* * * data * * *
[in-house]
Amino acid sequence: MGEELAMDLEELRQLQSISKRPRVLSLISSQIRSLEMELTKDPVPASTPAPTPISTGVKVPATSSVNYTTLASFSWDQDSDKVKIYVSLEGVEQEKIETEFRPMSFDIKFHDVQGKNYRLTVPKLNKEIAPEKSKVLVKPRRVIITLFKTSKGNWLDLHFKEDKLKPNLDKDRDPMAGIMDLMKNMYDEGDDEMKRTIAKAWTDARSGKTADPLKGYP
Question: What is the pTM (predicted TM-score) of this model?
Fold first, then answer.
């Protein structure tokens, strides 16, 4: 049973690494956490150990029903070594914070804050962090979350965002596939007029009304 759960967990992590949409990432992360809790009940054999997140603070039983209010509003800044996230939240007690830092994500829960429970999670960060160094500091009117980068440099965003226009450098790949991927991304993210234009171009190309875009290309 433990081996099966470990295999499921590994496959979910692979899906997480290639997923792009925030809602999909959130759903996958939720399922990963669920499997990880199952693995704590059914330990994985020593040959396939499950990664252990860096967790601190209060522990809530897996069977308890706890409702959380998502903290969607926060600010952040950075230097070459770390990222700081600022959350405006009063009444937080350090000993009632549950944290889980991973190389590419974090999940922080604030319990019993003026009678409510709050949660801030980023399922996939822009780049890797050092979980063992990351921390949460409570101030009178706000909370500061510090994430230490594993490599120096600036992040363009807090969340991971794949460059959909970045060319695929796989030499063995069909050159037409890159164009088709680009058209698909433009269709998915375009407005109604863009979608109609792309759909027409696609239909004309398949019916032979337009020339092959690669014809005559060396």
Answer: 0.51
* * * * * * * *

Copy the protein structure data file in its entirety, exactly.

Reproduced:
[in-house]
Amino acid sequence: MGEELAMDLEELRQLQSISKRPRVLSLISSQIRSLEMELTKDPVPASTPAPTPISTGVKVPATSSVNYTTLASFSWDQDSDKVKIYVSLEGVEQEKIETEFRPMSFDIKFHDVQGKNYRLTVPKLNKEIAPEKSKVLVKPRRVIITLFKTSKGNWLDLHFKEDKLKPNLDKDRDPMAGIMDLMKNMYDEGDDEMKRTIAKAWTDARSGKTADPLKGYP
Question: What is the pTM (predicted TM-score) of this model?
Fold first, then answer.
């Protein structure tokens, strides 16, 4: 049973690494956490150990029903070594914070804050962090979350965002596939007029009304 759960967990992590949409990432992360809790009940054999997140603070039983209010509003800044996230939240007690830092994500829960429970999670960060160094500091009117980068440099965003226009450098790949991927991304993210234009171009190309875009290309 433990081996099966470990295999499921590994496959979910692979899906997480290639997923792009925030809602999909959130759903996958939720399922990963669920499997990880199952693995704590059914330990994985020593040959396939499950990664252990860096967790601190209060522990809530897996069977308890706890409702959380998502903290969607926060600010952040950075230097070459770390990222700081600022959350405006009063009444937080350090000993009632549950944290889980991973190389590419974090999940922080604030319990019993003026009678409510709050949660801030980023399922996939822009780049890797050092979980063992990351921390949460409570101030009178706000909370500061510090994430230490594993490599120096600036992040363009807090969340991971794949460059959909970045060319695929796989030499063995069909050159037409890159164009088709680009058209698909433009269709998915375009407005109604863009979608109609792309759909027409696609239909004309398949019916032979337009020339092959690669014809005559060396």
Answer: 0.51